Now to some extent there is a justification for that. The list of bits of content you only do rarely will have a lots of quests and other single-player content on it. The list of bits of content you repeat frequently will have more multi-player content like raids or heroic dungeons on it. That is the classical "level solo, play the end-game with your friends" model of World of Warcraft. But that only works to some extent. There are a lot of lower level dungeons, multi-player content, which is rarely used. And there are top-level daily quests that is single-player content which is repeated a lot.

This makes me wonder whether the solo-leveling, multi-player end-game is the optimum solution. How many players do actually follow that model? In a future where you can skip the first 89 levels for money and raid with a LFR system which doesn't require you to make friends, is it still justified to have a part of the game repeated a lot more frequently than the rest? To some extent Guild Wars 2 already addresses that issue by scaling your level to the content, making content you technically "out-leveled" still interesting to play through. You aren't limited to level-cap content if you want a minimum of challenge and rewards while playing your level-capped character.

But if adjusting your level to the content is the solution, do we actually still need levels in a MMORPG? Why not simply make all the content in the game equal, with minor variations to provide easier challenges for less rewards and more difficult challenges for higher rewards, but without the "hard" content becoming trivial as you level up? If everybody always was the same level, we would both maximize content utilization, and the availability of other players to play through multi-player content together.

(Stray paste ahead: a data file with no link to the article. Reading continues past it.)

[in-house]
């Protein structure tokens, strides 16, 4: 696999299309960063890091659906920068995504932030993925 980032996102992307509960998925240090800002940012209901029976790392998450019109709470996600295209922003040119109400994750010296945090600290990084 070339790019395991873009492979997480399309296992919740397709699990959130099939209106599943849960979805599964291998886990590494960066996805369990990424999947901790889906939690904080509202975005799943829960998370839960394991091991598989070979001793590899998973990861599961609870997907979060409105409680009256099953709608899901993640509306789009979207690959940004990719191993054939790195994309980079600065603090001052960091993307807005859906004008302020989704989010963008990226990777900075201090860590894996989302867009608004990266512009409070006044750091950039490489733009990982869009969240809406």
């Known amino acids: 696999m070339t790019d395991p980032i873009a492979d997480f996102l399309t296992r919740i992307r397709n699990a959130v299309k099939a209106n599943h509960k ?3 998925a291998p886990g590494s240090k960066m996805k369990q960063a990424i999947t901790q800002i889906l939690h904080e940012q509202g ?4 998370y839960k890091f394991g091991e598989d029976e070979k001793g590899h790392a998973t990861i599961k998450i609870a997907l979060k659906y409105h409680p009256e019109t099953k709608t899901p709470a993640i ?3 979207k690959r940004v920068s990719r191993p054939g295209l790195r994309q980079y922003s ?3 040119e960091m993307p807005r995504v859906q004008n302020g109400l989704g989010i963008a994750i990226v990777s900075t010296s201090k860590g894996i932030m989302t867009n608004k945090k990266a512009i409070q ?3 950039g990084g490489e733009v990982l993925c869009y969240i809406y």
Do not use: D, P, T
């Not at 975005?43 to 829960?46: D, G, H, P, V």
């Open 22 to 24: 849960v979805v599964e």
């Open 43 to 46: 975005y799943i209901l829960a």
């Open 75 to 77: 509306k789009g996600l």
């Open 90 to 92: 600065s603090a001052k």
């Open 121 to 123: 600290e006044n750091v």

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Guest Post: How do MMOs reach $200m budgets?
Posted by Tobold's Blog [HTML][XML][PERM][FULL] on 21 January 2014, 12:14 pm
Guest post by Hugh Hancock:


In 2009, I started making a World of Warcraft fanfilm, Death Knight Love Story, which I estimated would take 6 months to make. I just released the first part of it this morning. Total development time: 5 years. The budget for the project has gone the same way: from a few thousand dollars (perfectly reasonable for a project aimed at learning how to use motion capture) to ... let's just say "more".

Why would you be interested in this? Because one of the topics we end up debating a lot in the games blogging world is the way in which AAA games' budgets spiral out of control.

Just a week or so ago we heard that The Elder Scrolls Online may have spiralled up to $200m. Tobold has spent a lot of time looking at the economics of game business plans in the past, and how - and if - they'll make their money back. But one thing that I've rarely seen discussed is just how the hell budgets get that high in the first place.